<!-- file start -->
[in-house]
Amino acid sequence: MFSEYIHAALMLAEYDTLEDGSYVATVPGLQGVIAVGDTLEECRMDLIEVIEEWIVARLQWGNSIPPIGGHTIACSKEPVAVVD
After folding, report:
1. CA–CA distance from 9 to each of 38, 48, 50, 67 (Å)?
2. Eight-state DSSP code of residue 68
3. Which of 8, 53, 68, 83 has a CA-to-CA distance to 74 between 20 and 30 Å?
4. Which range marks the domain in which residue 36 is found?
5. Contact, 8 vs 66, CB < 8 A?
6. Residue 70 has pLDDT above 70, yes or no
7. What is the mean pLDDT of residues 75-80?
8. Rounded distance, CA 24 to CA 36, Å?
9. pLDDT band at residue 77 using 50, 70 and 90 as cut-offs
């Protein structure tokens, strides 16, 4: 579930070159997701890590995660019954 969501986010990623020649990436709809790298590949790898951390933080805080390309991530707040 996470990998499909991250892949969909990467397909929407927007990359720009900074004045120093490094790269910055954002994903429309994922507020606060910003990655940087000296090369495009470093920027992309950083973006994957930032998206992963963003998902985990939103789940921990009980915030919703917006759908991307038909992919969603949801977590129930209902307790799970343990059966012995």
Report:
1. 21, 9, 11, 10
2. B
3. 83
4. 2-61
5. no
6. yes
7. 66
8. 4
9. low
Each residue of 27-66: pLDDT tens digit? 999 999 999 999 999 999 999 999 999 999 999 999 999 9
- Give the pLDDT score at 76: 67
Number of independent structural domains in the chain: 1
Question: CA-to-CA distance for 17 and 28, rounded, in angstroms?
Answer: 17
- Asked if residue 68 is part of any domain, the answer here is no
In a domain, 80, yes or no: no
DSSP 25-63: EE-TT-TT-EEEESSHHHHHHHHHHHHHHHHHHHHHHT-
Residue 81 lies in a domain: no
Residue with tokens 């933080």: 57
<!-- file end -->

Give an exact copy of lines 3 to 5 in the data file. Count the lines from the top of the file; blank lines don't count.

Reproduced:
After folding, report:
1. CA–CA distance from 9 to each of 38, 48, 50, 67 (Å)?
2. Eight-state DSSP code of residue 68